On Saturday afternoon, the Cornell women’s soccer team (0-4) lost a close game to the Bucknell Bison (2-3) at Berman Field in Ithaca. The Red retained offensive control and a strong defensive line throughout the game, but could not put the ball past Bucknell goalkeeper Sandita McDermott in the shutout, 1-0.
“I was really, really encouraged by our play this past weekend,” said junior forward Megan Crowell. “Though the result wasn’t what we wanted overall, we really dominated the game. We enforced our own style of play on our opponent rather than giving them the opportunity to control the game.”
The first close attempt by the Red’s attack occurred 11 minutes into the first half. Freshman midfielder Kerry Schubert received a pass from sophomore forward Alysse Godino in the box and fired away, hitting the near post. Schubert was one of three starting freshman, including Clair MacManus at midfield and Sydney Cetrullo on defense — the most rookies the Red has begun play with this year. Soon after Schubert’s try came an uncontested shot from Cetrullo, which McDermott swatted out of the air. In total, the first-year members of the Red accounted for seven of the team’s 19 shots; Bucknell managed only four shots in the 90-minute contest.
However, at the 22:42 mark, the Bison scored the game’s only goal. The ball was put in play by Buknell senior forward Megan DeGennaro, three-quarters of the way to the Red’s goal. The throw in flew over the heads of the Red’s defense to sophomore forward Liz Dwornik, who claimed the assist. A crossing pass to sophomore forward Chelsey Garkowski was enough of an angle change to beat the Red’s senior keeper Kelly Murphy on the right side. The goal was the first of Garkowski’s career for the Bison. Saturday’s game was the second in a row in which Dwornik and Garkowski both earned points. Last week, Garkowski brought home an assist when the Bison defeated rival UMBC. McDermott accumulated seven times as many saves as Murphy, good for her second shutout of the season. The Red also out-performed its opponent in corner kicks and fouls — seven to two and eight to seven, respectively.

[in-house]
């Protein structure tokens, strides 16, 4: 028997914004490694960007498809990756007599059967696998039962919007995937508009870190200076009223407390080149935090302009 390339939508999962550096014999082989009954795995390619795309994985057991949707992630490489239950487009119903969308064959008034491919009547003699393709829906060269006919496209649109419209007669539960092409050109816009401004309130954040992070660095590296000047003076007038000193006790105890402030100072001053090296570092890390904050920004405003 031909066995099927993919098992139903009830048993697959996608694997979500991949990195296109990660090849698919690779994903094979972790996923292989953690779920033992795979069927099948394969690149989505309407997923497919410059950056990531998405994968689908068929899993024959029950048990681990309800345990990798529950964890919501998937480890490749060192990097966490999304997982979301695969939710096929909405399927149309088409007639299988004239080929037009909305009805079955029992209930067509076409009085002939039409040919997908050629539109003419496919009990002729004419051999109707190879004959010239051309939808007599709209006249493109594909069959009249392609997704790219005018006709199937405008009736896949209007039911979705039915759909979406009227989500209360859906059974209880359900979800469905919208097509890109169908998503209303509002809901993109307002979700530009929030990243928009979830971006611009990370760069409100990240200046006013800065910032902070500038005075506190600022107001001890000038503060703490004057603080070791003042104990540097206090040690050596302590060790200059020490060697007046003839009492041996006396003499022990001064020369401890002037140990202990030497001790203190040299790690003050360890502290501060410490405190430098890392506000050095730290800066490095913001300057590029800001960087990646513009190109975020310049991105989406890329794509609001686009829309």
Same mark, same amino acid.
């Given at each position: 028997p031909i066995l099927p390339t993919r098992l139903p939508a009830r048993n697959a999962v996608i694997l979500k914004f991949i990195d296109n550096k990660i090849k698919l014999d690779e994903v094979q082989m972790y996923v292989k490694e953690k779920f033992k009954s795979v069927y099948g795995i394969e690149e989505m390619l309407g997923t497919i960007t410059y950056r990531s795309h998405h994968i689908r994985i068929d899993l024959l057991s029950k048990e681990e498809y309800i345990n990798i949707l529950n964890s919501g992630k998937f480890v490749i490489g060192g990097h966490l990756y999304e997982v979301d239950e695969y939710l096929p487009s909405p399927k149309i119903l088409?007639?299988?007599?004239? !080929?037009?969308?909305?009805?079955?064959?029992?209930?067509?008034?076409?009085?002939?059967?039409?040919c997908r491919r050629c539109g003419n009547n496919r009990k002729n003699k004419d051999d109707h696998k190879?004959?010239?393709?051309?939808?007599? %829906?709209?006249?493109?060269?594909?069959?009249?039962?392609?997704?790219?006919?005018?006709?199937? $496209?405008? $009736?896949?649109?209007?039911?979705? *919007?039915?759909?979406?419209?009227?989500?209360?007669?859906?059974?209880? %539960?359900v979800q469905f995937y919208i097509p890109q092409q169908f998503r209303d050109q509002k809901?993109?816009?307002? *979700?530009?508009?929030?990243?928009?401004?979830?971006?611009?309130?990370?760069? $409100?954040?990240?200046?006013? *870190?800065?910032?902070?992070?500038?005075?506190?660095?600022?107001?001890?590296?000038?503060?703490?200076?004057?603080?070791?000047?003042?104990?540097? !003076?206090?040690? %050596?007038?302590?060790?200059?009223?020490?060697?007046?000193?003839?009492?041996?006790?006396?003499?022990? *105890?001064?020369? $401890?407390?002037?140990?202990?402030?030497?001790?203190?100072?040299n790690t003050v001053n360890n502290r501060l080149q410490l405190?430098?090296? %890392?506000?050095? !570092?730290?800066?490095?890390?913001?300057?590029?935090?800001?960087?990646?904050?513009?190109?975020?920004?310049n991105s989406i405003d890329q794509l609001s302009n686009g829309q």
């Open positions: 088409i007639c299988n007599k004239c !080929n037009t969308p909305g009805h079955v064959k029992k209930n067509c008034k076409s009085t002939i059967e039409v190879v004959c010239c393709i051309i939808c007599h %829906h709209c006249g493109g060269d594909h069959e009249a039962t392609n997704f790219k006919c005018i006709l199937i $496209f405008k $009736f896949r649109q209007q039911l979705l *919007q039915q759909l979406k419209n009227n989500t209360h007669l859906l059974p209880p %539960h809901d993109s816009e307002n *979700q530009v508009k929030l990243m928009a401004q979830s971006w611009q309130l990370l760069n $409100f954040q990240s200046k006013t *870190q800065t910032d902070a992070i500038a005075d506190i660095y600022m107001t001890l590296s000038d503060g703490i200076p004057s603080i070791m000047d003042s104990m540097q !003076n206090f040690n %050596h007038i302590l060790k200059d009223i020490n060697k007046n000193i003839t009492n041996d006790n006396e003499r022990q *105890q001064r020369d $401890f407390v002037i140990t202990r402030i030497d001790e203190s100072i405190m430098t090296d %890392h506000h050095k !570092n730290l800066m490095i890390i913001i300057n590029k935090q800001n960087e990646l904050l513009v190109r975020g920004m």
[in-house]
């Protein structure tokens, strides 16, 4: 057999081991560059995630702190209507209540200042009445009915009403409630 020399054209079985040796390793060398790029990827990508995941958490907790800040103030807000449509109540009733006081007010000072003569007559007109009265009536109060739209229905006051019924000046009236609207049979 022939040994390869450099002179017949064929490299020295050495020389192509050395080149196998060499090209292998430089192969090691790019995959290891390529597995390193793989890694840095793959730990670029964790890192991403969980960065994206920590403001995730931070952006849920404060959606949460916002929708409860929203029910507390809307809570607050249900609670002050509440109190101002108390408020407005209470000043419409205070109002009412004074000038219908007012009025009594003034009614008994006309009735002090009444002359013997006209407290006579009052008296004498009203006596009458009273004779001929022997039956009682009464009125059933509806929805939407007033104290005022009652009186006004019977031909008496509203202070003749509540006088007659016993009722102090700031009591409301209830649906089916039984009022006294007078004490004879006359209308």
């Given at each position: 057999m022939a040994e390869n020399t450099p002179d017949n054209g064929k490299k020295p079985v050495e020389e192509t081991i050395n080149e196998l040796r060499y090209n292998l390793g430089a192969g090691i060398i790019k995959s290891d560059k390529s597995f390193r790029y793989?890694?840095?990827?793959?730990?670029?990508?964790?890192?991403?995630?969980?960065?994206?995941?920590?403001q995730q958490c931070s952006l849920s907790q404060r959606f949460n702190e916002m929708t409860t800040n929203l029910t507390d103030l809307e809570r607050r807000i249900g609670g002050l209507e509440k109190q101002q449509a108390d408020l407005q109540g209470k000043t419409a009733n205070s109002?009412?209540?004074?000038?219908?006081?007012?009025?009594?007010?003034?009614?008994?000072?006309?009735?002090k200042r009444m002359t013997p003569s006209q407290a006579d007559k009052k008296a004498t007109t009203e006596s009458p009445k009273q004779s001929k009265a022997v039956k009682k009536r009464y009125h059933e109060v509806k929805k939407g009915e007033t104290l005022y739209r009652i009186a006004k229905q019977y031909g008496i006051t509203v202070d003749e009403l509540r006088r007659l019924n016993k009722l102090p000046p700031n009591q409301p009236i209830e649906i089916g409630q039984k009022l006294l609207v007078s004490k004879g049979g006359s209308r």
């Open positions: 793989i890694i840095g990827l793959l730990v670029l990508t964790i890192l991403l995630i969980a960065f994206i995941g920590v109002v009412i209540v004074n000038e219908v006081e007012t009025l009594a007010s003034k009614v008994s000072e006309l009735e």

Another near-miss for Cornell occurred in the 36th minute as junior midfielder Xandra Hompe placed a left-side corner kick in range for senior defender Sidra Bonner to head it just wide of the far post. Cornell’s aggressiveness picked up with the added pressure of the clock in the second half, but Bonner’s header ultimately represented the Red’s best scoring opportunity of the game. At the one hour mark, MacManus recovered an airborne ball to send Cornell on the attack once again. Schubert received a pass form Gadino, but shot high — just above the crossbar. The Red was unable to turn additional chances into points on the scoreboard during the remaining 30 minutes.
“If we can string together 90 minutes of soccer rather than 89 I think that will be key to the outcome of Wednesday’s game,” Crowell said. “We had that one lapse for a minute and they got a lucky goal out of it.”
On Wednesday, Cornell is due to play one more home game against the Binghamton Bearcats (3-4) at 7 p.m. before hitting the road to play Marist and Hartford in the Marist tournament hosted in Poughkeepsie, N.Y. The Binghamton women’s soccer team recently was handed its fourth 1-0 loss of the season and third overtime loss to reigning MAAC champion Siena (3-1). The Red is in for a challenging affair against a team that came very close to ending the 20-game home winning streak of the Siena Saints, who qualified for the 2010 NCAA tournament. So far this season, Taylor Kucharski and Jamie Holliday lead the Bearcats with 12 shots each; however, no Binghamtion player has scored more than one goal to date.
“Binghamton is beatable and Wednesday’s game is one we should hopefully control if we play well like we did on Saturday,” Hompe said of the Red’s next opponent. “In practice [Sunday] we tried to improve our offense to get more good offensive chances on goal.”
The Red begins Ivy League play on Sept. 23 when the team hosts Colombia at Berman Field. The squad has set the goal of approaching each game as its own separate challenge, with the goal of continuously improving throughout the season.
“At the same time, the Ivy League games are the most important part of the season since that is how we get to the NCAA tournament,” Hompe said.
Original Author: Rob Moore